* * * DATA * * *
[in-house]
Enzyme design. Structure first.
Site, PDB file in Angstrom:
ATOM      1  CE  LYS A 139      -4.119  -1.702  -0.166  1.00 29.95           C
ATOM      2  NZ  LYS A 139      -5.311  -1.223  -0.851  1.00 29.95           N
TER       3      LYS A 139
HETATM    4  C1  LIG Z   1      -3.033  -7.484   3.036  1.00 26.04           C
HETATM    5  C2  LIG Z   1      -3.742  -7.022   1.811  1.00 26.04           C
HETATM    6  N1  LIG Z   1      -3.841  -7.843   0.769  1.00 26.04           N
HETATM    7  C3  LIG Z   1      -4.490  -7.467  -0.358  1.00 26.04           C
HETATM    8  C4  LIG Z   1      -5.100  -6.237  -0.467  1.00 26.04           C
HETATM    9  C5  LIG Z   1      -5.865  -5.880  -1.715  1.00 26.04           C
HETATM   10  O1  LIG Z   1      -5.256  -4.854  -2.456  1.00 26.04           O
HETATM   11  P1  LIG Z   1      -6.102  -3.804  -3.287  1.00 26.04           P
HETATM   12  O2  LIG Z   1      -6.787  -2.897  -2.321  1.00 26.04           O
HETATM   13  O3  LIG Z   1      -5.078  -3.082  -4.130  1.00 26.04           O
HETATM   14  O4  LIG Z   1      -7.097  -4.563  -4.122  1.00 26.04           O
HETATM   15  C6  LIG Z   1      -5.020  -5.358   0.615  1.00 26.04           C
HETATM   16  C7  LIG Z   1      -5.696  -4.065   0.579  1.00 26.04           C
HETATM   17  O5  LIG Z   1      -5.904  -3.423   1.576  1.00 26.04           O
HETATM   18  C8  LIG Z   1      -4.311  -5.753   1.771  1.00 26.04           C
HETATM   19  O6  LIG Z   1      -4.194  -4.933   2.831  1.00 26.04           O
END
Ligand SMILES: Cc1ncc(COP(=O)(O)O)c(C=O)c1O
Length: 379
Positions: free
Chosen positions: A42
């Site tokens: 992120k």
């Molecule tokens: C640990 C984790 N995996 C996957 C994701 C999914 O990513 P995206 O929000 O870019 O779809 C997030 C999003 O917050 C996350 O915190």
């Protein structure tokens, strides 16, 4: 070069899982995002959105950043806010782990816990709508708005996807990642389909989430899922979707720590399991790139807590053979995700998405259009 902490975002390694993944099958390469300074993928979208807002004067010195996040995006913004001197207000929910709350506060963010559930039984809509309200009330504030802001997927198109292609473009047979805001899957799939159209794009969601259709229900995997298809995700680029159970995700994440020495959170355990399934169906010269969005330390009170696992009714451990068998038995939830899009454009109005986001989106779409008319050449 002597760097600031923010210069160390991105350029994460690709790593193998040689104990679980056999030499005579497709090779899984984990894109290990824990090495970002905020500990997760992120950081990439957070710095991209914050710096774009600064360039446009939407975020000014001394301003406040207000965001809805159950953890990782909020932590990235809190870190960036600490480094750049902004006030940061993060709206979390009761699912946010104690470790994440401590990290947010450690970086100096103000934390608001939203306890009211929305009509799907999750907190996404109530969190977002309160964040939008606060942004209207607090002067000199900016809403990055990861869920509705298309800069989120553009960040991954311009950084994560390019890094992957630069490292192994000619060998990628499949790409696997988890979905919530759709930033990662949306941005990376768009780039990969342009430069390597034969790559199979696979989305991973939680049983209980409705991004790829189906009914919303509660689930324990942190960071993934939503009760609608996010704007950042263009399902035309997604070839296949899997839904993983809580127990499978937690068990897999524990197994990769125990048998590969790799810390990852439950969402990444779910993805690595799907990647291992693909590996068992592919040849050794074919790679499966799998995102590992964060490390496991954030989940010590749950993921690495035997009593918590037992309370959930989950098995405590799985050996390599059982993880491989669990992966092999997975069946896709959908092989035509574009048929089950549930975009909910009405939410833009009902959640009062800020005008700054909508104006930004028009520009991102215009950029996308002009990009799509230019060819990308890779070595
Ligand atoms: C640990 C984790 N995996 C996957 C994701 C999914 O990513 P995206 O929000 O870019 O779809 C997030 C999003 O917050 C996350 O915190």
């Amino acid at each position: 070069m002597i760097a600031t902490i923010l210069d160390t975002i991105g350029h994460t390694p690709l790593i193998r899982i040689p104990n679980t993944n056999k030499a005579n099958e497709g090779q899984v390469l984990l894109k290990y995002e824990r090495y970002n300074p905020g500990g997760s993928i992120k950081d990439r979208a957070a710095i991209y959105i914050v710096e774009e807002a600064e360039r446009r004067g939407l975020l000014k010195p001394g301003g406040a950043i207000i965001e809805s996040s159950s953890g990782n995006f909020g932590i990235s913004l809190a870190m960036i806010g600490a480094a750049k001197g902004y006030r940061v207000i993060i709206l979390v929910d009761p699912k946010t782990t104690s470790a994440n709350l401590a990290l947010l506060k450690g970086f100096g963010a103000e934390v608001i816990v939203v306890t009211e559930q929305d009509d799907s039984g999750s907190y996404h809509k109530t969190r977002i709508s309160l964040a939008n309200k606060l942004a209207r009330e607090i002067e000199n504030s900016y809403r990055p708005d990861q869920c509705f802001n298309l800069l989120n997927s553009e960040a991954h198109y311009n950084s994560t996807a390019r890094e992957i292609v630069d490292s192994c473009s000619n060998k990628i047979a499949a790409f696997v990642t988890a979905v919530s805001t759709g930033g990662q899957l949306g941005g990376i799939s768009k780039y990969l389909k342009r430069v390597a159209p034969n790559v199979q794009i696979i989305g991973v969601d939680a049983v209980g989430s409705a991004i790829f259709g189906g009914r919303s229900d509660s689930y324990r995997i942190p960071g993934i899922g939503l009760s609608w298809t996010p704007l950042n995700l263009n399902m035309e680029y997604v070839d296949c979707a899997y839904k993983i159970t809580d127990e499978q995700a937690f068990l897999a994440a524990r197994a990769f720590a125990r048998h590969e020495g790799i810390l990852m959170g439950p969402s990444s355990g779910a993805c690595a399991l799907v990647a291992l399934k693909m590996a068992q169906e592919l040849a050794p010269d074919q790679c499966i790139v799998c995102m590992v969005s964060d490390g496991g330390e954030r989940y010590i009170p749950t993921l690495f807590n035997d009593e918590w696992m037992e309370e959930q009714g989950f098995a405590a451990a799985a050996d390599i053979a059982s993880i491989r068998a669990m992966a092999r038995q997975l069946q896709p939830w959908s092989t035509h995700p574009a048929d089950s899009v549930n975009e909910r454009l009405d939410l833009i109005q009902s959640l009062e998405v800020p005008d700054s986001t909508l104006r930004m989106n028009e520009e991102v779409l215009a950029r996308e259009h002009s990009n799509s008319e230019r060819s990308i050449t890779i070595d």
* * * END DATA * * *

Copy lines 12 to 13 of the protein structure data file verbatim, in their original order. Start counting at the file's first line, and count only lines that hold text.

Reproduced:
HETATM    9  C5  LIG Z   1      -5.865  -5.880  -1.715  1.00 26.04           C
HETATM   10  O1  LIG Z   1      -5.256  -4.854  -2.456  1.00 26.04           O